We all know that carrying a raincoat and sunglasses is a necessity in Britain, with its unique and unpredictable weather. Your house can bear the brunt of these changes and prove costly when it comes to energy bills. Here are some tips to help make sure you’re not caught out with any sudden weather changes.
Help your roof do its job
The roof is your home’s umbrella – keeping it dry and protected from the elements. It’s best kept free of leaks before they cause damp issues in the rest of the house.
Holes can be difficult to track down. The easiest way is if you have loft access – use a torch to look for any signs of water stains or mould. If you can’t get into the loft, you may need to get on the roof itself. Look for water, stains or mould around anything that projects through the roof, such as plumbing, vents and the chimney.
A roofing specialist can help you find and repair any damage to your roof. They get busy when we have a bit of rain, so if you haven’t had your roof checked in a while, it may be worth finding a roofing specialist in good time to make sure your roof’s in good shape to protect you against inevitable downpours.
Sloped roofs are designed to let gravity do its work, allowing water to flow in to gutters. With the mix of damp weather and sun, your roof could become a breeding ground for moss and lichen. While it might add character, water could be pooling in areas, leading to porous tiles letting water in or cracking them as the water freezes.
Make sure water is going where it should be
Rainwater needs to be channelled away safely to avoid any water damage to the rest of the house and its foundations. Keep an eye out for any damp patches on walls and ceilings as well as stains or plant growth around the gutters themselves. Any water collecting around your house can also be a sign that water isn’t draining away correctly.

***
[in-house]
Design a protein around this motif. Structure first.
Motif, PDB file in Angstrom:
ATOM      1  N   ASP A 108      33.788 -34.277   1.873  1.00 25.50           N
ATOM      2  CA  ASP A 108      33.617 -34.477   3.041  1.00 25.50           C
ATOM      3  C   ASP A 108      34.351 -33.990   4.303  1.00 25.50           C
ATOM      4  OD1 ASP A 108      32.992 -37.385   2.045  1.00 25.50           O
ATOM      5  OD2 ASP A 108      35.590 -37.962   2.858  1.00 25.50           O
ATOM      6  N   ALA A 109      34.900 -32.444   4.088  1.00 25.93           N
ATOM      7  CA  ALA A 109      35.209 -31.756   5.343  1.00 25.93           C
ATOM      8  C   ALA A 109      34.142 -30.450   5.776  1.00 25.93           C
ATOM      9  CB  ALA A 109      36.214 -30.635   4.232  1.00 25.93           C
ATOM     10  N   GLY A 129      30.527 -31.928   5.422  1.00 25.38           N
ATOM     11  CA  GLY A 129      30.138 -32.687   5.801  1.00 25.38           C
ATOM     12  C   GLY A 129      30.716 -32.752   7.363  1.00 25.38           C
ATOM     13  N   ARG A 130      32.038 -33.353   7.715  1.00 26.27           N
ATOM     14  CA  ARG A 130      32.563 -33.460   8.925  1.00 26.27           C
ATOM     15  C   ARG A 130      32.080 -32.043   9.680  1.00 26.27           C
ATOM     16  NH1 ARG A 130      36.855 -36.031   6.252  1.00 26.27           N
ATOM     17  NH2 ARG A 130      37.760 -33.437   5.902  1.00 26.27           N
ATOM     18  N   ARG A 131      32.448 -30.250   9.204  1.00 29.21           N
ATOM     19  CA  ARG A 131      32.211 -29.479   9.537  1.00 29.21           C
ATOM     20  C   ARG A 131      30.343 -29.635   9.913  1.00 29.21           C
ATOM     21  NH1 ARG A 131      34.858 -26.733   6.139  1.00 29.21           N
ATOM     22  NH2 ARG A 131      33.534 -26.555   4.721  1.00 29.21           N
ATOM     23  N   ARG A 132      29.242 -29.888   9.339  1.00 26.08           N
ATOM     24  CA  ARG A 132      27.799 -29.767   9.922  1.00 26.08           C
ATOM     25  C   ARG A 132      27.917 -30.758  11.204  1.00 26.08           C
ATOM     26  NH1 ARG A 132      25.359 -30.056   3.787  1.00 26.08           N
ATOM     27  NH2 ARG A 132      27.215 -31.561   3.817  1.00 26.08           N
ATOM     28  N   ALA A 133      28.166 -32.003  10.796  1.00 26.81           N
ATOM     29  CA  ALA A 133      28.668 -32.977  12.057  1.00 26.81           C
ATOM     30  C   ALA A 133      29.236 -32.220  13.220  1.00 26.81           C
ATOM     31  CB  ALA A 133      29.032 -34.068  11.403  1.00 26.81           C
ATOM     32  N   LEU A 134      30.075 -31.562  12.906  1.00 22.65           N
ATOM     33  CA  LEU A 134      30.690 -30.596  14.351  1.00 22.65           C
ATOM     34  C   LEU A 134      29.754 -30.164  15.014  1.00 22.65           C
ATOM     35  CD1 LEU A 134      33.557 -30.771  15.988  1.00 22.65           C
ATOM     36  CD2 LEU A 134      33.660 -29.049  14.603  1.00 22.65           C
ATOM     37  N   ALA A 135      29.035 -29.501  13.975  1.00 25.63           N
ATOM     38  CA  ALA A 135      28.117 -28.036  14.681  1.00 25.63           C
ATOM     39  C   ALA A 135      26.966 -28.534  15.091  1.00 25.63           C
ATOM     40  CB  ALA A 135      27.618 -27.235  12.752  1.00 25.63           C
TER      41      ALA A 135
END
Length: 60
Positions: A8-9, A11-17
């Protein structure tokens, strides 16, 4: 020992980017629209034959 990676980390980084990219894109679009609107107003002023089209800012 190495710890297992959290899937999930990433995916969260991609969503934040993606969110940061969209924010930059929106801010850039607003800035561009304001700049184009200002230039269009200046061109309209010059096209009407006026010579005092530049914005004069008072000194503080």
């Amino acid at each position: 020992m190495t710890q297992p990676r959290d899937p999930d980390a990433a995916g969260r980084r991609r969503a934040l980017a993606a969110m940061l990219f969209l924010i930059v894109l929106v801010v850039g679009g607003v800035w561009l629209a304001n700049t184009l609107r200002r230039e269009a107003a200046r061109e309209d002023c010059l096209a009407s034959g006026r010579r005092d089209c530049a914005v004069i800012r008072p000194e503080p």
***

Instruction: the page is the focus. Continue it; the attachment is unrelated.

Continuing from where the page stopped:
Cast iron guttering and components can rust and crack. You can check for these using a torch (and mirror to check the back). Plastic guttering is prone to developing problems due to the expansion and contraction that occurs with weather changes. Leaves and silt from the roof can get trapped and then wear away rubber gaskets with this movement or pop apart the joints.
To keep them in good order, it’s advisable to get your gutters and rainwater pipes checked once a year. A roofer will be able to help you look for issues and sort any problems that might be identified.
Stay dry with a conservatory or summerhouse
Conservatories and summerhouses are cosy spots to enjoy your garden whatever the weather. The main difference between them is that a conservatory is usually made almost completely from glass, including the roof. A sunroom can feel like more of an additional room in the house as it’s normally made with a tiled roof. The only way you can tell it apart from another room in the house is that there are more windows and they can be disconnected from the main house and located further into the garden. During BBQ season, both structures can help keep your guests nice and dry, as chances are it’s going to start raining when you least want it to.
To start off a conservatory or summerhouse build, you’ll want to check if you need planning permission. Often, you won’t need it, however it’s recommended that you check the planning portal to keep up to date with current regulations. If you need help with the planning as well as the building, a conservatory specialist can take care of everything right through to the project being finished.